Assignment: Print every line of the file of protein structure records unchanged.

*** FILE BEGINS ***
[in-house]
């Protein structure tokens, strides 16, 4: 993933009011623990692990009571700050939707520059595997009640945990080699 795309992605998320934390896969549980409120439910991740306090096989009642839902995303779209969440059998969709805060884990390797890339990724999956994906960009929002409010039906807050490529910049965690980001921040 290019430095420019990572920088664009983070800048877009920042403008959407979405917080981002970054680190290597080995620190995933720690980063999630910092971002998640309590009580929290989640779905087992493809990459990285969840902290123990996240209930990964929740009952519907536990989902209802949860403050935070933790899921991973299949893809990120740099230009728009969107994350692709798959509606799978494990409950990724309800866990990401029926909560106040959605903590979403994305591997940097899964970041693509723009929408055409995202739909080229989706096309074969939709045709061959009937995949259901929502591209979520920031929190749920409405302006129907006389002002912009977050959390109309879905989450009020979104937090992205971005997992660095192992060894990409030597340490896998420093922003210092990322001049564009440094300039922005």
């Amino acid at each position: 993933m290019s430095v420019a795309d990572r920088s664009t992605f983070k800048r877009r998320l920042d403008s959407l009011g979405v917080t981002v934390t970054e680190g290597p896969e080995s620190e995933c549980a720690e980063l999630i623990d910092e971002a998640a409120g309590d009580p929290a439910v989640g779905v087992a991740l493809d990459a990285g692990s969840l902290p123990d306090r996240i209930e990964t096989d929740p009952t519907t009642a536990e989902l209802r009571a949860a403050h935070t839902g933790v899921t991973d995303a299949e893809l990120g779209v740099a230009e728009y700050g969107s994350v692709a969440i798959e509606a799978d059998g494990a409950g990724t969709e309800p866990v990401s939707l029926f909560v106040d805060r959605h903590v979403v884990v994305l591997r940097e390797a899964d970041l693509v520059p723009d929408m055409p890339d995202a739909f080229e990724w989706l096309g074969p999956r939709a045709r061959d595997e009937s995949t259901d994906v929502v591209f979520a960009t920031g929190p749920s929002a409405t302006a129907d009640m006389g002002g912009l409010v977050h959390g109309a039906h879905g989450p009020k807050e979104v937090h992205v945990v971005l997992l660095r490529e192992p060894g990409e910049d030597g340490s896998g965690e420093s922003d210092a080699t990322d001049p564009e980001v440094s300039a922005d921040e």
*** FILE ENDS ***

[in-house]
């Protein structure tokens, strides 16, 4: 993933009011623990692990009571700050939707520059595997009640945990080699 795309992605998320934390896969549980409120439910991740306090096989009642839902995303779209969440059998969709805060884990390797890339990724999956994906960009929002409010039906807050490529910049965690980001921040 290019430095420019990572920088664009983070800048877009920042403008959407979405917080981002970054680190290597080995620190995933720690980063999630910092971002998640309590009580929290989640779905087992493809990459990285969840902290123990996240209930990964929740009952519907536990989902209802949860403050935070933790899921991973299949893809990120740099230009728009969107994350692709798959509606799978494990409950990724309800866990990401029926909560106040959605903590979403994305591997940097899964970041693509723009929408055409995202739909080229989706096309074969939709045709061959009937995949259901929502591209979520920031929190749920409405302006129907006389002002912009977050959390109309879905989450009020979104937090992205971005997992660095192992060894990409030597340490896998420093922003210092990322001049564009440094300039922005």
């Amino acid at each position: 993933m290019s430095v420019a795309d990572r920088s664009t992605f983070k800048r877009r998320l920042d403008s959407l009011g979405v917080t981002v934390t970054e680190g290597p896969e080995s620190e995933c549980a720690e980063l999630i623990d910092e971002a998640a409120g309590d009580p929290a439910v989640g779905v087992a991740l493809d990459a990285g692990s969840l902290p123990d306090r996240i209930e990964t096989d929740p009952t519907t009642a536990e989902l209802r009571a949860a403050h935070t839902g933790v899921t991973d995303a299949e893809l990120g779209v740099a230009e728009y700050g969107s994350v692709a969440i798959e509606a799978d059998g494990a409950g990724t969709e309800p866990v990401s939707l029926f909560v106040d805060r959605h903590v979403v884990v994305l591997r940097e390797a899964d970041l693509v520059p723009d929408m055409p890339d995202a739909f080229e990724w989706l096309g074969p999956r939709a045709r061959d595997e009937s995949t259901d994906v929502v591209f979520a960009t920031g929190p749920s929002a409405t302006a129907d009640m006389g002002g912009l409010v977050h959390g109309a039906h879905g989450p009020k807050e979104v937090h992205v945990v971005l997992l660095r490529e192992p060894g990409e910049d030597g340490s896998g965690e420093s922003d210092a080699t990322d001049p564009e980001v440094s300039a922005d921040e």